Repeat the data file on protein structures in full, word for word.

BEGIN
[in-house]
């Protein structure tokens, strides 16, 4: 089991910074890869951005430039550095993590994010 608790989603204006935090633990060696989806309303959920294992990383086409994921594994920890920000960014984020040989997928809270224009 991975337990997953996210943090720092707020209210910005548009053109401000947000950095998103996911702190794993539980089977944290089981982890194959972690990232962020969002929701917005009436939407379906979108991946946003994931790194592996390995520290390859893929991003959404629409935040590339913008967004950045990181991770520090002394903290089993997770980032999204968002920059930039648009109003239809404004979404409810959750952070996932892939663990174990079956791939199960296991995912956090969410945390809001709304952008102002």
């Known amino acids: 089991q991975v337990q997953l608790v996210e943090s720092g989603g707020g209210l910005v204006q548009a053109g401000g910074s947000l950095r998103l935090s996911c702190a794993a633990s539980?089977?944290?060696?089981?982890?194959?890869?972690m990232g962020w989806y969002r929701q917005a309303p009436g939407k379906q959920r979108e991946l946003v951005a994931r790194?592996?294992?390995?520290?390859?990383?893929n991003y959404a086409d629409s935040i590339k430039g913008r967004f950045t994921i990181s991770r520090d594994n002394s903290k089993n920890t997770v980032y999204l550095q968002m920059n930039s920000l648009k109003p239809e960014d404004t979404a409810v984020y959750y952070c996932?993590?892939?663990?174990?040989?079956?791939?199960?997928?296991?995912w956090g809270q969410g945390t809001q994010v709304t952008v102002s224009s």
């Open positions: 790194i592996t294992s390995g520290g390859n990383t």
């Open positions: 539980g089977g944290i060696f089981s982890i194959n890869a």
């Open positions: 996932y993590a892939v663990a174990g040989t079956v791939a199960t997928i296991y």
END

[in-house]
């Protein structure tokens, strides 16, 4: 089991910074890869951005430039550095993590994010 608790989603204006935090633990060696989806309303959920294992990383086409994921594994920890920000960014984020040989997928809270224009 991975337990997953996210943090720092707020209210910005548009053109401000947000950095998103996911702190794993539980089977944290089981982890194959972690990232962020969002929701917005009436939407379906979108991946946003994931790194592996390995520290390859893929991003959404629409935040590339913008967004950045990181991770520090002394903290089993997770980032999204968002920059930039648009109003239809404004979404409810959750952070996932892939663990174990079956791939199960296991995912956090969410945390809001709304952008102002």
């Known amino acids: 089991q991975v337990q997953l608790v996210e943090s720092g989603g707020g209210l910005v204006q548009a053109g401000g910074s947000l950095r998103l935090s996911c702190a794993a633990s539980?089977?944290?060696?089981?982890?194959?890869?972690m990232g962020w989806y969002r929701q917005a309303p009436g939407k379906q959920r979108e991946l946003v951005a994931r790194?592996?294992?390995?520290?390859?990383?893929n991003y959404a086409d629409s935040i590339k430039g913008r967004f950045t994921i990181s991770r520090d594994n002394s903290k089993n920890t997770v980032y999204l550095q968002m920059n930039s920000l648009k109003p239809e960014d404004t979404a409810v984020y959750y952070c996932?993590?892939?663990?174990?040989?079956?791939?199960?997928?296991?995912w956090g809270q969410g945390t809001q994010v709304t952008v102002s224009s």
């Open positions: 790194i592996t294992s390995g520290g390859n990383t």
């Open positions: 539980g089977g944290i060696f089981s982890i194959n890869a």
């Open positions: 996932y993590a892939v663990a174990g040989t079956v791939a199960t997928i296991y």